Defendant relied on these facts to show that Anthony had an opportunity to start the fire. It contended that the inference that he actually did so could be drawn from three additional facts: (a) that firemen arriving at the scene found that no forced entry had been made, indicating that the fire was started by someone who had a key to the plant; (b) that Officer Prignano testified that when Anthony learned the vandalism loss was not covered, he blurted out, "I should have had a fire"; and (c) that Officer Wood testified to commenting on an empty gasoline can to Inspector Marshall within Anthony's earshot, and to finding the can removed and Anthony missing moments later on returning to the room in which the can had been. Though the fire was not thought to have been started with an accelerant, the can did have some significance because firemen at the scene had noted an odor of gasoline.


Plaintiff attempted to rebut these inferences by suggesting that the firemen's finding of no forced entry was unpersuasive because they had not adequately considered the possibility that an intruder could have entered through a skylight. Plaintiff also denied that Anthony made the remark alleged by Officer Prignano and maintained that Anthony did not know the vandalism losses were not covered at the time of Prignano's investigation.




As this court held in Monomoy Fisheries, Inc. v. Bruno & Stillman Yacht Co., Inc., 625 F.2d 1034, 1037 (1st Cir.1980), when no objection has been made to a jury charge reversal will only be warranted where the instructions given amount to plain error. Further, in Connors v. McNulty, 697 F.2d 18, 20 (1st Cir.1983), we held that a judgment will not be reversed for error in the jury instructions unless the error is determined to have been prejudicial after review of the record as a whole. Accordingly, we must look to the entire jury charge to determine whether the jury was properly apprised of the legal principles to be applied in this case. See Smiddy v. Varney, 665 F.2d 261, 265 (9th Cir.1981), cert. denied, 459 U.S. 829, 103 S.Ct. 65, 74 L.Ed.2d 66 (1982).


The district court instructed the jury that plaintiff had to prove four elements in order to recover: (1) ownership or some other insurable interest in the property; (2) the existence of an insurance contract; (3) the occurrence of a loss covered by the policy; and (4) the amount of the loss. It then explained that defendant relied on a provision in the policy exempting it from liability if the insured had wilfully concealed or misrepresented any material fact, and that its first affirmative defense was arson, i.e., that the losses were fraudulent because the fire was deliberately set. The court described the application of this defense in some detail:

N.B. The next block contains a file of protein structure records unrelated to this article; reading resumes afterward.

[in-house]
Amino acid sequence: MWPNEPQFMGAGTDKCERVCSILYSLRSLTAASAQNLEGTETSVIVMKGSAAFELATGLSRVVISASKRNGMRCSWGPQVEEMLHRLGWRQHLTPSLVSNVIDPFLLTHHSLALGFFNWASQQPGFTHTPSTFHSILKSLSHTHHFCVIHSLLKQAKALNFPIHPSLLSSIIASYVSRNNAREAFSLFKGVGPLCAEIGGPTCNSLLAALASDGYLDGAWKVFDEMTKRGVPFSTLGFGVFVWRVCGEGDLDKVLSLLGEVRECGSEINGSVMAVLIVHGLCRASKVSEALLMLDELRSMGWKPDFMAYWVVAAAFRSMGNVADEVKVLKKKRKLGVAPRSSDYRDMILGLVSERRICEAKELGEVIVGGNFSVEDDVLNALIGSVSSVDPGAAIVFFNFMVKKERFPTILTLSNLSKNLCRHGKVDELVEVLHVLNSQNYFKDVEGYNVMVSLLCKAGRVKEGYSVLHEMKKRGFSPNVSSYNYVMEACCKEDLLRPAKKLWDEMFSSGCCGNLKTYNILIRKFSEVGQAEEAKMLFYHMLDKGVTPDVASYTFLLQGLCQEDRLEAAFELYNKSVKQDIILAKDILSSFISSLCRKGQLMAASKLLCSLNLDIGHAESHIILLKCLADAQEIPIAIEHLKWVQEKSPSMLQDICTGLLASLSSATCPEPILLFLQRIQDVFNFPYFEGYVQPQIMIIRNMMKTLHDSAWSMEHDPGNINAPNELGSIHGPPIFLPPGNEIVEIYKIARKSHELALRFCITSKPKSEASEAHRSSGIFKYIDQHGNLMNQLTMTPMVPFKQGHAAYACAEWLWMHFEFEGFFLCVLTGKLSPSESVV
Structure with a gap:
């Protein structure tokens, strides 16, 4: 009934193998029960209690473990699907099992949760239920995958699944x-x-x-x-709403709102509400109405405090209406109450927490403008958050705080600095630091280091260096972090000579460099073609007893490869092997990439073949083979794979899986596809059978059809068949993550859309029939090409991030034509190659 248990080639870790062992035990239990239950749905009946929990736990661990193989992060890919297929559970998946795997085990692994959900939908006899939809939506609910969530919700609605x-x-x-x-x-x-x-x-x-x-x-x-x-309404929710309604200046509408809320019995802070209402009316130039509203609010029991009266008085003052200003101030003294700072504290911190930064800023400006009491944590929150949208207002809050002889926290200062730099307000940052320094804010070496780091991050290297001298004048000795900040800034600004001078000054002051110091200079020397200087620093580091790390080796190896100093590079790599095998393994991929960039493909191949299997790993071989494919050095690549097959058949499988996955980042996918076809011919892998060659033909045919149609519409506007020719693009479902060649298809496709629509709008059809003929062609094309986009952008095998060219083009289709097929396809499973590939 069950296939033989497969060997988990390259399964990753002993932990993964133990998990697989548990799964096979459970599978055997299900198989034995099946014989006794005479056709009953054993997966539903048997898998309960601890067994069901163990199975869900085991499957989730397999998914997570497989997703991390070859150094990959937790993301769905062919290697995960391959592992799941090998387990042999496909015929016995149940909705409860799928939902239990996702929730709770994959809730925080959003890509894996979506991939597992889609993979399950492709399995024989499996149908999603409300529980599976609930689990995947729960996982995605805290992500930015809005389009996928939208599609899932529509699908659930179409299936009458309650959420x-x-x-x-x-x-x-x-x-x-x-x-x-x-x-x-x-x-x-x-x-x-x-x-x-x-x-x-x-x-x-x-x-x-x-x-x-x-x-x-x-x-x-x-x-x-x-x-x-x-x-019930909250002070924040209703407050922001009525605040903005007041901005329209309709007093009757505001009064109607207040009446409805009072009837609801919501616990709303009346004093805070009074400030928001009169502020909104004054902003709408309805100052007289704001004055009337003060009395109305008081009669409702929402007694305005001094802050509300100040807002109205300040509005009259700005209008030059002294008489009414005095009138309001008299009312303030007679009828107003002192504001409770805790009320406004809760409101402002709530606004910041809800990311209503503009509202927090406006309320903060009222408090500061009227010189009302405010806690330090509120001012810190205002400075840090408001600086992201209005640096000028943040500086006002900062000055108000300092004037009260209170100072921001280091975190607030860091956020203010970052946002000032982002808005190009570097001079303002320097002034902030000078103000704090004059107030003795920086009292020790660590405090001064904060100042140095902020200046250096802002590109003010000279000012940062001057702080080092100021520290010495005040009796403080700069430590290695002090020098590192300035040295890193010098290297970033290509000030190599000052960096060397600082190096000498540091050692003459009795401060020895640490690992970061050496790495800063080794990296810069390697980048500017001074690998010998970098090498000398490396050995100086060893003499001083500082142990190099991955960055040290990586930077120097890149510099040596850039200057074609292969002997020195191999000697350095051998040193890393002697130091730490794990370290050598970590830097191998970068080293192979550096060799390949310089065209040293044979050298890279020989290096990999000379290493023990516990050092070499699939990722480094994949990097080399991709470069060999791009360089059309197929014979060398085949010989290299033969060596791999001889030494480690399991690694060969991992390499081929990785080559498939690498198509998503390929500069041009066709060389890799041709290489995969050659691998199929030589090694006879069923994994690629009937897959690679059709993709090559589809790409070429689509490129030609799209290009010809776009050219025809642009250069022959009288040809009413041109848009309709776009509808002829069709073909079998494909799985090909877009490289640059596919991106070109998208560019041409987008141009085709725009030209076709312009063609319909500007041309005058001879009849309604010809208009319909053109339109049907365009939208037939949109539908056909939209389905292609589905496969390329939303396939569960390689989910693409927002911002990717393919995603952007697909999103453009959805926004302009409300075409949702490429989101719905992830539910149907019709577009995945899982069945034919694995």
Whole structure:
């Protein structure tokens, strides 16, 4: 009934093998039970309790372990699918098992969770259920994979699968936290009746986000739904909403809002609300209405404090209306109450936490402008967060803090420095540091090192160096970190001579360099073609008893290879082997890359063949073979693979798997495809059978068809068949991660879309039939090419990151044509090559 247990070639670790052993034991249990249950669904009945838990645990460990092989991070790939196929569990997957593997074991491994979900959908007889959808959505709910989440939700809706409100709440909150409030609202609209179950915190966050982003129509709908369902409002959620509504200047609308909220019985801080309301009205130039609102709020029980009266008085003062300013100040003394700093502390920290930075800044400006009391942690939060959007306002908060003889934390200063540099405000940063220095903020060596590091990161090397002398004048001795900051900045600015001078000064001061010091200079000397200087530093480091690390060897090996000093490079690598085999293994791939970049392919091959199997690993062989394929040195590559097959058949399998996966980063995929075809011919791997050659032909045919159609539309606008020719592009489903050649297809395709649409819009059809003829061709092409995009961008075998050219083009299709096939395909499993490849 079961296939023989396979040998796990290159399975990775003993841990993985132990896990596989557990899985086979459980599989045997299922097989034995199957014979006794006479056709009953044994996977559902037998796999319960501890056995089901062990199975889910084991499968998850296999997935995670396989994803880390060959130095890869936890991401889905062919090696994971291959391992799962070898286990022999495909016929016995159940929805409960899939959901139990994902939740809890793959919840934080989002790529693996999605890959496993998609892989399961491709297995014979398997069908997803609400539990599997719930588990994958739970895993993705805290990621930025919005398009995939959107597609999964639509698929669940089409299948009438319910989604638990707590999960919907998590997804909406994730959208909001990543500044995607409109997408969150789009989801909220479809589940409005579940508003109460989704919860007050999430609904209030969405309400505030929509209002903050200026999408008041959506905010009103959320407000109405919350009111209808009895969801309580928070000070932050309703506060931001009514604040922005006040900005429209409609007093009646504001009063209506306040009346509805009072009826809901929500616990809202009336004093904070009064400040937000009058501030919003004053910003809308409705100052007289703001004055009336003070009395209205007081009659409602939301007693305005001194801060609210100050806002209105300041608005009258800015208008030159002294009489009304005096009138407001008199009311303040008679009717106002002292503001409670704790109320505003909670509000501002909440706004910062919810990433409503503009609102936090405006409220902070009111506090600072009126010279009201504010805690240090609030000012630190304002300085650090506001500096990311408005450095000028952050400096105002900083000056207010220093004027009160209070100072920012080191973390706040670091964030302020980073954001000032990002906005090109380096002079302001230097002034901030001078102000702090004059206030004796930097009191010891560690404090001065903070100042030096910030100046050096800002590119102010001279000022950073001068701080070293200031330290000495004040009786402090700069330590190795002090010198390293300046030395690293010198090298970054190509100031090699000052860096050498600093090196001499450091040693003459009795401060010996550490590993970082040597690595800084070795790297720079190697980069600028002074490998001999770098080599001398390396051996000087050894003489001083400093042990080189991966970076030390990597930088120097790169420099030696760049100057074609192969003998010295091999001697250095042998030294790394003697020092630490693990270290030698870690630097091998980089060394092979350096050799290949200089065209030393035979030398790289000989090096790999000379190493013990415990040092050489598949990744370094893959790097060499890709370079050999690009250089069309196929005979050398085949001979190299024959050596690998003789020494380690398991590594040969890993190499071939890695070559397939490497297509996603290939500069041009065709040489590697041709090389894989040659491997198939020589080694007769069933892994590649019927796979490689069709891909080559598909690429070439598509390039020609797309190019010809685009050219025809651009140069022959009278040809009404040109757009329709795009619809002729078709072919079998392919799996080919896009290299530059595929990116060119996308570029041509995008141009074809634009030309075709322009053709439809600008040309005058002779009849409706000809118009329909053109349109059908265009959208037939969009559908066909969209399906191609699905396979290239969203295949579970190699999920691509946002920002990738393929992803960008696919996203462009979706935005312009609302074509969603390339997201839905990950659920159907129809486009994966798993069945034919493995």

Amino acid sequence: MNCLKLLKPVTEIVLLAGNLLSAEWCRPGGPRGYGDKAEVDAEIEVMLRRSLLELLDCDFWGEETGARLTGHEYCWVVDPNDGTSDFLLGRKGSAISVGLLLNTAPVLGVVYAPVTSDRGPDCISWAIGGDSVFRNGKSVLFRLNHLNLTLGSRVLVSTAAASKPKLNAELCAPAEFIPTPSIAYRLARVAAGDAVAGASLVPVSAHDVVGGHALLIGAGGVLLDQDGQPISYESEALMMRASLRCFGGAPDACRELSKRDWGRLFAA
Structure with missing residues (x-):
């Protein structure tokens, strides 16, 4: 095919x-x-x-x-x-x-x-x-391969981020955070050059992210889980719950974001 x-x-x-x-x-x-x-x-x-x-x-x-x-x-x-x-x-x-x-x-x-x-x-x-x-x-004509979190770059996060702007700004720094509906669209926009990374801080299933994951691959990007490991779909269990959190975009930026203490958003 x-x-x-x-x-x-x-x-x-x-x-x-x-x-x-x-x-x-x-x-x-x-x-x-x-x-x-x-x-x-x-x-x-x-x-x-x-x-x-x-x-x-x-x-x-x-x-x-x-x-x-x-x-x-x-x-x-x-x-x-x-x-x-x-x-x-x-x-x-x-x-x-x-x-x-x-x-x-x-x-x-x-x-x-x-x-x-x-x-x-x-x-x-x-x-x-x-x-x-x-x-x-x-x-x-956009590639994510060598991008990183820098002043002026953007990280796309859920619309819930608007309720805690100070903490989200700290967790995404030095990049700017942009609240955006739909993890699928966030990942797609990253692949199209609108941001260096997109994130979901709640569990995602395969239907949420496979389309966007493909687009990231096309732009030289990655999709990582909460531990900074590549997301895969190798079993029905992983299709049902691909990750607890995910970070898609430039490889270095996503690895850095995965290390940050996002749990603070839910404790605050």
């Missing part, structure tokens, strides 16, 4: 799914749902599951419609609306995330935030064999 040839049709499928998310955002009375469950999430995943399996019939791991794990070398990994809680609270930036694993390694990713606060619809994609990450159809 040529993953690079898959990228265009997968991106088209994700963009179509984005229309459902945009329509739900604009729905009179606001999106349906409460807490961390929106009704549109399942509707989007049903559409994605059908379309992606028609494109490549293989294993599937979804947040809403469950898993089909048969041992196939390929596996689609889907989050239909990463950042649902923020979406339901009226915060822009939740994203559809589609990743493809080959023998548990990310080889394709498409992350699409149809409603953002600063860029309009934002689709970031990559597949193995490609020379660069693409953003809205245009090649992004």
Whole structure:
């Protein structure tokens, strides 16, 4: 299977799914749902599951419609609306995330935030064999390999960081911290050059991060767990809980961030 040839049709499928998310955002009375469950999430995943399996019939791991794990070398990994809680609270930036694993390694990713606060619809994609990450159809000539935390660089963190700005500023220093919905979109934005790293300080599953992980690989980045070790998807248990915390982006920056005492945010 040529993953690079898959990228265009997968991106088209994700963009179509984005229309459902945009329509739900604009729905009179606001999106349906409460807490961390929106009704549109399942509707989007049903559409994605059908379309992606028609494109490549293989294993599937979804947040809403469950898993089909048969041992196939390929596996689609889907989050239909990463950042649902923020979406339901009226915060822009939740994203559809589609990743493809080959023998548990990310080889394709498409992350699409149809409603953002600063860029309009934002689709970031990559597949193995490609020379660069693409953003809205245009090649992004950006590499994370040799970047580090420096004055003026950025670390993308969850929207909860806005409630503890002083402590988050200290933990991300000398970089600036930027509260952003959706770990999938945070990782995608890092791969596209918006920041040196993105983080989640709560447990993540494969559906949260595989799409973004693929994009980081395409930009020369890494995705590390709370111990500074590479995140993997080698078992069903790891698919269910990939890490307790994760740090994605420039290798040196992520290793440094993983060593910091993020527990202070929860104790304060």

However, the fact that the property may have been intentionally burned by another does not defeat liability where an insured is not implicated in the act.... If you find that defendant has proved that ... Anthony Almonte is implicated in the fire or vandalism, that's only one step. Then you must consider the relationship, if any, between Grace and Anthony Almonte with respect to the insured property. You must decide whether the plaintiff ... has proved that she is an innocent insured.


An innocent insured is one who was innocent of any wrongdoing in connection with the fire or vandalism and had no "guilty knowledge of the fire or vandalism," and is entitled to recover on the policy. An insured has, "guilty knowledge of the fire or vandalism" if she deliberately closed her eyes to what would otherwise have been obvious to her.


To defeat liability, the defendant must prove the fire or vandalism is traceable to an insured ... it must be shown by defendant that an insured, and in this case we're talking about Grace Almonte, either conspired to set the fire, or caused the vandalism, or knew about it beforehand, or authorized it, or approved it afterward.


But, ... if you find that plaintiff ... was not in fact the owner of the property, but that the true owner was Anthony Almonte, then you must determine whether or not Anthony Almonte participated in, or had guilty knowledge of the fire or vandalism. That is, if you find that Anthony Almonte was the true owner of the property and the fire or vandalism was traceable to him, then you must find for the defendant.


Plaintiff's contention that the instructions were inadequate focuses on a colloquy that took place between the judge, the jury and counsel, following a query received from the jury as to the whereabouts of the deed to the ice cream plant. The deed had not been introduced as evidence as it was conceded that title to the plant was not an issue. The judge asked counsel how they wanted to deal with the query. Plaintiff's counsel asked him to reopen the case to allow introduction of the deed and to have it put on record that defendant conceded that plaintiff was the owner in fee by deed. The judge agreed to both requests. He also told counsel that he would instruct the jury that the existence of the deed did not relieve them of their obligation to determine ownership. The jury was called back to the courtroom but plaintiff's counsel then discovered he did not have an authenticated copy of the deed with him. The judge instructed the jury:


First, let me answer your question you asked about the deed. Whether or not there was a deed to 83 Greenwich Street. Well, the deed as such was not introduced in evidence, but the testimony is uncontradicted that a deed was executed and executed to Grace Almonte. So, there is a deed in her name. Now, title to this property. However, that does not relieve you of the responsibility to decide ownership in keeping with the instructions that I gave you.